Paying To Harass?

Data on claims of sexual harassment … are used to calculate the first measures of sexual harassment risks by industry, age group, and sex. Female workers face far higher sexual harassment risks. On balance, workers receive a compensating wage differential for exposure to the risk of sexual harassment. … The … wage difference between a job with zero sexual harassment risk and a job with the mean sexual harassment risk is … about 25 cents per hour for women, and … about 50 cents per hour for men. (more)

So it seems people can roughly estimate how their chances of being harassed varies with their age and the industry they work in. This appears to influences their willingness to work in such industries, and thus the wages they command in those industries. This all suggests that we are seeing supply and demand at work — on average harassed people are paid for the harassment the expect to suffer, and in fact paid more than their cost. Much like prostitutes who voluntarily accept money for sex, on average workers may voluntarily accept a risk of harassment because they see the added wage as worth more than the added cost of suffering harassment.

The above study didn’t look at the harassers, only at the harassed. That is, it looked at how female wages vary with the rate at which females are harassed, and at how male wages vary with the rate at which males are harassed. But if one did look at the harassers, instead of the harassed, I’d guess that the harassers accept a lower wage for the opportunity to harass, a wage cut that is larger for ages and jobs where harassment is more feasible. In fact, I’d guess this wage cut also varies with the desirability of the people available to harass, just as the wage premium to the harassed probably varies with the undesirability of the harassers.

If these wage changes were the only effect of harassment, there would be no economic reason to oppose harassment – harassers would be paying the harassed an agreeable fee, and no one else would be effected. What if others were effected, but only the firm’s customers, suppliers, investors, or other employees? If firm managers had strong enough incentives to maximize profits, then in the absence of other relevant market failures the firm would internalize the problem. Thus it would make economic sense to let each firm’s management decide whether or not to allow harassment in their firm.

If these conjectures are true, then laws prohibiting sexual harassment do not make the world a richer place. They likely exist instead as ways for voters and politicians to signal their anti-harassment and anti-employer values to each other. Note that we have no laws against sexual harassment in religion, clubs, music, parties, and other recreational activities. As with anti-discrimination laws, it is only employers who are constrained.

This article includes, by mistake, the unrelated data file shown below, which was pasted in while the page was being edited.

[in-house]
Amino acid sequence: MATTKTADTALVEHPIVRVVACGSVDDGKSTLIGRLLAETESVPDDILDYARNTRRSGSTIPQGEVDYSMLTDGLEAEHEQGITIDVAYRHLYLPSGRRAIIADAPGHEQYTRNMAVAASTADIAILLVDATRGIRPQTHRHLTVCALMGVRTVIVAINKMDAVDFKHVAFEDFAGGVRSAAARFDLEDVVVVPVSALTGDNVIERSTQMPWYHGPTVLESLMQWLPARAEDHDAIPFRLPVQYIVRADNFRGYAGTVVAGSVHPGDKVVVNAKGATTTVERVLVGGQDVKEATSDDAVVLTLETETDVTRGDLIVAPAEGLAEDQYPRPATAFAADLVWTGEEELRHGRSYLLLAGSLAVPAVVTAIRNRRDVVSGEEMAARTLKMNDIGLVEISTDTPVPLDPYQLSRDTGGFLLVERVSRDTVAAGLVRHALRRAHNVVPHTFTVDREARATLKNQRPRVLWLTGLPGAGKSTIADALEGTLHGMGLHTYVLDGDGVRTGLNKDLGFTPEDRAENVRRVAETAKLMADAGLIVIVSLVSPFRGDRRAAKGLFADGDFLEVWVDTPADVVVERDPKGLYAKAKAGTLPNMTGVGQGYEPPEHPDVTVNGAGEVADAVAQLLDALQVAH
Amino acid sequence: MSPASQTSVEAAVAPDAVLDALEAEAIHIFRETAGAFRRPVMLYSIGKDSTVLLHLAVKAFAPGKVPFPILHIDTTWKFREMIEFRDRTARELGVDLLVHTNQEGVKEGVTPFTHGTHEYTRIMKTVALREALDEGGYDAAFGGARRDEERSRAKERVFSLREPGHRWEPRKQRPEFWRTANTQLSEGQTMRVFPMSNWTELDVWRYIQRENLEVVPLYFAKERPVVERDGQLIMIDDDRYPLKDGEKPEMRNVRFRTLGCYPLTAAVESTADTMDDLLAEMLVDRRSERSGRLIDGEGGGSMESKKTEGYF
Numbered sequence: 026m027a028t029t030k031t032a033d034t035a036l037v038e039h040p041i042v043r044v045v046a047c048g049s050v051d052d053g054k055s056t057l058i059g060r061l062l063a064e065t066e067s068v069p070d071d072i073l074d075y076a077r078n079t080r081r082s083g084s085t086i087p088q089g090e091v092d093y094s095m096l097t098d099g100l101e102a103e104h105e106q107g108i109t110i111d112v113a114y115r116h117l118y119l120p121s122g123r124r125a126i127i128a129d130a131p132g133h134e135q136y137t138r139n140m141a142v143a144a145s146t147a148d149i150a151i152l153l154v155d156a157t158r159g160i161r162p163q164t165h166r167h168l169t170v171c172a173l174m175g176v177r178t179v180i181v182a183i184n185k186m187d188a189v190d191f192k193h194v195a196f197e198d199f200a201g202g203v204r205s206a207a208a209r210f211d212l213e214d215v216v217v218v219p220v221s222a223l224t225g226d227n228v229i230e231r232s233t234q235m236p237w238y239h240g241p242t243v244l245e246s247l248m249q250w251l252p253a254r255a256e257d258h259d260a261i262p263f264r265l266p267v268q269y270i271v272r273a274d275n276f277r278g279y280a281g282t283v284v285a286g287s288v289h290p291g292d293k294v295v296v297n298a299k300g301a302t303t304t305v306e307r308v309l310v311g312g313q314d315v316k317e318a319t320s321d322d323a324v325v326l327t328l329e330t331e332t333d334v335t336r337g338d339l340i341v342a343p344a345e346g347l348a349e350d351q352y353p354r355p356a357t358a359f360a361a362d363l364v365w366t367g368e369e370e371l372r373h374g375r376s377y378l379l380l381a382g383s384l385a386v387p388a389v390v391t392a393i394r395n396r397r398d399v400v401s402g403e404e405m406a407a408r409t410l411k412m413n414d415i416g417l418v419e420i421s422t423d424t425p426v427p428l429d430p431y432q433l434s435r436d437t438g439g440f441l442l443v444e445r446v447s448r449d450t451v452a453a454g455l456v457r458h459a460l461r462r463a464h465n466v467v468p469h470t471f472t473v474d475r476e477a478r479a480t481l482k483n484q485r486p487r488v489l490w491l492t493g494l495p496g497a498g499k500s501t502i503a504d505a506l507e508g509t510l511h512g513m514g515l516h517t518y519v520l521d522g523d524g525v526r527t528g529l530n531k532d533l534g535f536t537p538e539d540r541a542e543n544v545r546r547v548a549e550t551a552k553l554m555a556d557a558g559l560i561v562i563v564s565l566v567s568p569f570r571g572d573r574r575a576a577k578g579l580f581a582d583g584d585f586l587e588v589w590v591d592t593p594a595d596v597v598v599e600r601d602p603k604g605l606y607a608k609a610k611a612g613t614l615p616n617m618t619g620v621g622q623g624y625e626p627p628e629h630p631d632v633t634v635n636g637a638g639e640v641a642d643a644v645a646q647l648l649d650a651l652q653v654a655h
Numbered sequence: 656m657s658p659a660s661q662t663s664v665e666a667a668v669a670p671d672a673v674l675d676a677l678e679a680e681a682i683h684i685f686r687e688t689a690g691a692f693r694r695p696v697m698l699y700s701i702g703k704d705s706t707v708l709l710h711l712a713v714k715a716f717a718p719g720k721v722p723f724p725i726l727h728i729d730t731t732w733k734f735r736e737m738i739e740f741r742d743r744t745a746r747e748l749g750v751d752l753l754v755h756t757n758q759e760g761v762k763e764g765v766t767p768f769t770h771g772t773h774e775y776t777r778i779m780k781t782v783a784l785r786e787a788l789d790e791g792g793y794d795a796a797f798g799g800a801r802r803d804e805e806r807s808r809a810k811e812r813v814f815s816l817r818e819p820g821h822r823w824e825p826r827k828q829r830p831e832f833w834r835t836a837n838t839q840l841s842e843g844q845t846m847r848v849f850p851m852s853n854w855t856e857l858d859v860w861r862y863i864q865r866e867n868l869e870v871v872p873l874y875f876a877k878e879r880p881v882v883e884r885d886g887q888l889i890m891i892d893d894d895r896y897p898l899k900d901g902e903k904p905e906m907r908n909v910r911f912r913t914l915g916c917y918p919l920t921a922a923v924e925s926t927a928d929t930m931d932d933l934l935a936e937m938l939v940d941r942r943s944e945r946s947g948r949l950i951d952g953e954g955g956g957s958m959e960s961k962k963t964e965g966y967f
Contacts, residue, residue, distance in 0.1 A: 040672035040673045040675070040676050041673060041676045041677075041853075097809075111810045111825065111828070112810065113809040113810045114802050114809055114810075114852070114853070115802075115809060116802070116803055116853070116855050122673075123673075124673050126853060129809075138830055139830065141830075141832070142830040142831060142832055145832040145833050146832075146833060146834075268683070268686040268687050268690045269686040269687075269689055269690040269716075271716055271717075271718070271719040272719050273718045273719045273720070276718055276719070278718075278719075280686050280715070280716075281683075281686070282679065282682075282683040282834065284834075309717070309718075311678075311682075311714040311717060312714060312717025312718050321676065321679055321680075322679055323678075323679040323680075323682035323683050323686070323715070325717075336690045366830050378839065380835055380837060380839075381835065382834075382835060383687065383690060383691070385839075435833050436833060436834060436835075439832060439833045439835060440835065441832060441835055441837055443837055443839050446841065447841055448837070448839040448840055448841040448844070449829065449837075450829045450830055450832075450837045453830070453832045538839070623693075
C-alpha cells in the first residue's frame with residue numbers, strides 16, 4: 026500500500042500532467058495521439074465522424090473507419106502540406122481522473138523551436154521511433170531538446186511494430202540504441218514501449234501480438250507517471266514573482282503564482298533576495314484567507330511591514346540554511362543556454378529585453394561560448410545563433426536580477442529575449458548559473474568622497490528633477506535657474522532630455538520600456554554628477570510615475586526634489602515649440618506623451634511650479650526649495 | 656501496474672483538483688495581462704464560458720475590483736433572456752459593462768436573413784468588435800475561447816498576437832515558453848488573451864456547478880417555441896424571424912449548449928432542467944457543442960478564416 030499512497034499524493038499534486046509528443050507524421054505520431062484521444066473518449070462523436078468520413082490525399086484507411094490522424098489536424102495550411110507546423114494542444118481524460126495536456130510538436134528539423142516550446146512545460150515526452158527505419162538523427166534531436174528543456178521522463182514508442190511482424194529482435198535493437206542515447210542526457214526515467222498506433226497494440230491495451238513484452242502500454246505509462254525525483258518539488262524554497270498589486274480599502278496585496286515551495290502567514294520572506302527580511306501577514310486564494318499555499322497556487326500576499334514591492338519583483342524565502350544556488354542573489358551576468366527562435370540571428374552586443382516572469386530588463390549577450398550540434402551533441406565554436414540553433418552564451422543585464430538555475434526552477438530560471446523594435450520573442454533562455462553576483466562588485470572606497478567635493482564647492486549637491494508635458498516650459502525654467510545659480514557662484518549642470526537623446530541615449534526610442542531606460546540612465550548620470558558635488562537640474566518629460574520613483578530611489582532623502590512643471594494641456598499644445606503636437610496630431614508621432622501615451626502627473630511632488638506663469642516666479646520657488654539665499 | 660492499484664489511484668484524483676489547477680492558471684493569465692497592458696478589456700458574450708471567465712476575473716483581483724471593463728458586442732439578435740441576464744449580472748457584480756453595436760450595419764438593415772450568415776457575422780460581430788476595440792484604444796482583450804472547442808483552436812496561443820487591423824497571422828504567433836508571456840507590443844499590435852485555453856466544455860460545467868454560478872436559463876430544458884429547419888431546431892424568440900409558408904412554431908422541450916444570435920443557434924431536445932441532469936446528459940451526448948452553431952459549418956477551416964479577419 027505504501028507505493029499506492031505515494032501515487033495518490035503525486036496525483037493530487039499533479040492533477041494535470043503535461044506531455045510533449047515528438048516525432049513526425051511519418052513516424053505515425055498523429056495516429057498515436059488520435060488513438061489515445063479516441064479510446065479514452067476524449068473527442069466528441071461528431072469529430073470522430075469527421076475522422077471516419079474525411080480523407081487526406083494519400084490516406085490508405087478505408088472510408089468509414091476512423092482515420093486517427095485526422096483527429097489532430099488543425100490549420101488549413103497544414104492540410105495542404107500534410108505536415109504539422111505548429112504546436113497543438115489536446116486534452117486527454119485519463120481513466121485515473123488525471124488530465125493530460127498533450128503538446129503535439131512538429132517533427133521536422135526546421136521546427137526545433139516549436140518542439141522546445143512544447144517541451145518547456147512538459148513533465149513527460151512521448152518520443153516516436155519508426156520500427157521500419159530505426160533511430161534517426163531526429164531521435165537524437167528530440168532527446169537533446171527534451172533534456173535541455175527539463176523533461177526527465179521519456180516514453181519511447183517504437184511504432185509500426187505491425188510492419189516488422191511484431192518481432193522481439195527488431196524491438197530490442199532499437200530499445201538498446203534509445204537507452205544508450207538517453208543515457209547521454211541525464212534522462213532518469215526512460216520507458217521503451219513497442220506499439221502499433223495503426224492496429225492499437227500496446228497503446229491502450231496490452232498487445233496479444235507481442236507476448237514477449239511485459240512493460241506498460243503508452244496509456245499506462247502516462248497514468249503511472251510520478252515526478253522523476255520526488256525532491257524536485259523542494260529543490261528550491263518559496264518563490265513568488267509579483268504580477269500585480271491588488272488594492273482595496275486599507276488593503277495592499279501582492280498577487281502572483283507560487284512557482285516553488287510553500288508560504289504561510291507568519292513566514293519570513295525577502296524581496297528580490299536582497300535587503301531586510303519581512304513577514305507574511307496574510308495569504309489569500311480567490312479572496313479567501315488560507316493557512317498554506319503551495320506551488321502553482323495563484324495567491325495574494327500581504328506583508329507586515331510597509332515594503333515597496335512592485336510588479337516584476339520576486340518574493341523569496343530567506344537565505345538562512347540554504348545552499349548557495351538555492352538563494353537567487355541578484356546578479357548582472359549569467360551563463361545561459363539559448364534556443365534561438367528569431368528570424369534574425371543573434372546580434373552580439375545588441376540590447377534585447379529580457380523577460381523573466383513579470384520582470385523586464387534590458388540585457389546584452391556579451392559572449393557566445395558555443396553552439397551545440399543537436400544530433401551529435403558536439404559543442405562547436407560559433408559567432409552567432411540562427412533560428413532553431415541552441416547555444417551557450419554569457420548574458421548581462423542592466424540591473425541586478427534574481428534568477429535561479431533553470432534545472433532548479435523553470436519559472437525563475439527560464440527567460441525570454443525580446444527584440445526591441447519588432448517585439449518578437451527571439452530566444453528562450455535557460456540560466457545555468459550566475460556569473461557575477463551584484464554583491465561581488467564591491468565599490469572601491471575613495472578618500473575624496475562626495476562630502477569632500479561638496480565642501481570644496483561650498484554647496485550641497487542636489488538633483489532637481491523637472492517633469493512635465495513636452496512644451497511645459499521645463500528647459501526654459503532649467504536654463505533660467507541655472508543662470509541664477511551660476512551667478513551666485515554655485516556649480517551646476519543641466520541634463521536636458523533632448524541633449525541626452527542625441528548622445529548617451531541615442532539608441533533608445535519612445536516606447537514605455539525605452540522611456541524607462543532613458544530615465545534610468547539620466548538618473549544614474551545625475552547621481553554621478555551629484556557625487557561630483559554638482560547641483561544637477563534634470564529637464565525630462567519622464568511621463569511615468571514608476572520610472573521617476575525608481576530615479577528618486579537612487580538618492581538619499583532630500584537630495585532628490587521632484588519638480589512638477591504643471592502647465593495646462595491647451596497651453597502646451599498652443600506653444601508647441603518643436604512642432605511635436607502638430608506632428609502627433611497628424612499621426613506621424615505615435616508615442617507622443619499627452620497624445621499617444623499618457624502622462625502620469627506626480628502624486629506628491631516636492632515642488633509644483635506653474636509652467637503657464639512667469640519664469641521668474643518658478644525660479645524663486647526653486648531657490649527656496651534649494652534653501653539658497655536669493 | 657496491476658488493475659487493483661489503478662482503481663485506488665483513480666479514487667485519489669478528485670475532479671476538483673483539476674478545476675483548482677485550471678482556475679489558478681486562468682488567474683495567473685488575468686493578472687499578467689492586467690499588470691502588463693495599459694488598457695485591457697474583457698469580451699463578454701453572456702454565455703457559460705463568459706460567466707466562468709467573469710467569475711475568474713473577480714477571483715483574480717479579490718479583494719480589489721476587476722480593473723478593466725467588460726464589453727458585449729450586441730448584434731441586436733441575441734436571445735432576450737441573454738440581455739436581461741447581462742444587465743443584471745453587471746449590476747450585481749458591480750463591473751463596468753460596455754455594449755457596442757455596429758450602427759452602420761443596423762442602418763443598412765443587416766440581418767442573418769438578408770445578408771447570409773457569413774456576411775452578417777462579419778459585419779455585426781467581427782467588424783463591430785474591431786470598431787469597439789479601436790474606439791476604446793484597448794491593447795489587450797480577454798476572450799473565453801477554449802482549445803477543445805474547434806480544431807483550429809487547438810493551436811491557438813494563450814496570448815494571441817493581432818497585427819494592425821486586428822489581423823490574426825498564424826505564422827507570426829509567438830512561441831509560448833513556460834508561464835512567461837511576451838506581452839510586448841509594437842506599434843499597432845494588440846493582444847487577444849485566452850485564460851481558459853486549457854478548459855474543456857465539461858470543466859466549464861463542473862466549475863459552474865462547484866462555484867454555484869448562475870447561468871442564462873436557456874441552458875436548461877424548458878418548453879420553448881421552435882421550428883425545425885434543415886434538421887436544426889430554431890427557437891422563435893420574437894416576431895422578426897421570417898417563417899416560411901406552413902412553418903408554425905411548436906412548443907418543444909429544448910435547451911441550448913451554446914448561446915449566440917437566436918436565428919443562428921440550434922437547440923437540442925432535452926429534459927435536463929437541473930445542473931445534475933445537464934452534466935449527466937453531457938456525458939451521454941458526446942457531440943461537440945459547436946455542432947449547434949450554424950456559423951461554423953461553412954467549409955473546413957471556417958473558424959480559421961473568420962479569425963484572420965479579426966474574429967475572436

More quotes from the study:

Sexual harassment rates … [vary] by sex and major industry, as well as the percent female in the industry. … Women are at a greater risk of sexual harassment in male-dominated industries. … The male rate is not correlated with the female rate. …

Additional variables included in the regressions are a constant, potential work experience, potential experience squared, years of education, and indicator variables for occupation, race, Hispanic ethnicity, married, government employer, union or employee association, full-time employment, metropolitan location, and region. (more)

Added 10a: This paper reviews the state of the art in estimating compensating wage differentials.

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  • david

    The link goes to a paper studying fertility, not the harassment paper by Joni Hersch.

    Also, the Coase theorem only implies efficient internalization; it doesn’t say anything about distributional effects vis a vis harassers and the harassed. Presumably one might desire that the harassers pay the harassed a wage premium for the privilege, not that the harassed put up with harassment for employment at the prevailing wage.

    And atop that, “if firm managers had strong enough incentives to maximize profits, then in the absence of other relevant market failures…” is a nontrivial condition. Even if it held ‘most of the time’, there would be edge cases where it does not and the individuals involved may feel extremely aggrieved.

    • anon

      The authors find a wage difference of 25 to 50 cents/hr for the mean harrassment level. Does a wage cut of 25 to 50 cents/hr (for a zero-harrassment workplace) raise big redistributional concerns?

  • anon

    “If these wage changes were the only effect of harassment, there would be no economic reason to oppose harassment – harassers would be paying the harassed an agreeable fee, and no one else would be effected.”

    Adverse selection is a big problem here: not all males are would-be harrassers and not all females are willing to be harrassed, and sometimes females are harrassers and males are harrassed. There is moral hazard as well: if there is no compensation for marginal increases in harrassment the incentives will be misaligned, and a lot of harrassment will happen that could otherwise be cheaply avoided.

  • rapscallion

    “If these wage changes were the only effect of harassment, there would be no economic reason to oppose harassment…What if others were effected?…If firm managers had strong enough incentives to maximize profits, then in the absence of other relevant market failures the firm would internalize the problem.”

    No matter what, there is no “economic” (i.e. efficiency) reason to change anything other than what one observes. If externalities can be efficiently corrected, the affected parties pay to have them corrected; if they can’t be efficiently corrected, then the affected parties don’t.

    Inefficiency cannot be observed.

  • http://daedalus2u.blogspot.com/ daedalus2u

    The company and shareholders are deriving no benefit from the sexual harassment of employees, only those doing the harassing are benefiting.

    Do the managers reimburse the employer for the sexual harassment differential? Otherwise they are stealing that harassment differential from the company.

  • http://theviewfromhell.blogspot.com Sister Y

    Quantifying Richard Posner’s rape license! Nice.

  • http://entitledtoanopinion.wordpress.com TGGP

    Voting is anonymous (I recall John Lott saying voting rates dropped a lot after secret ballots reduced the feasibility of credible bribes). How effective a signal can it be?

    Again I’ll link to Gelman on Peter Dorman’s critique of the theory of compensating differentials (or at least one application of it).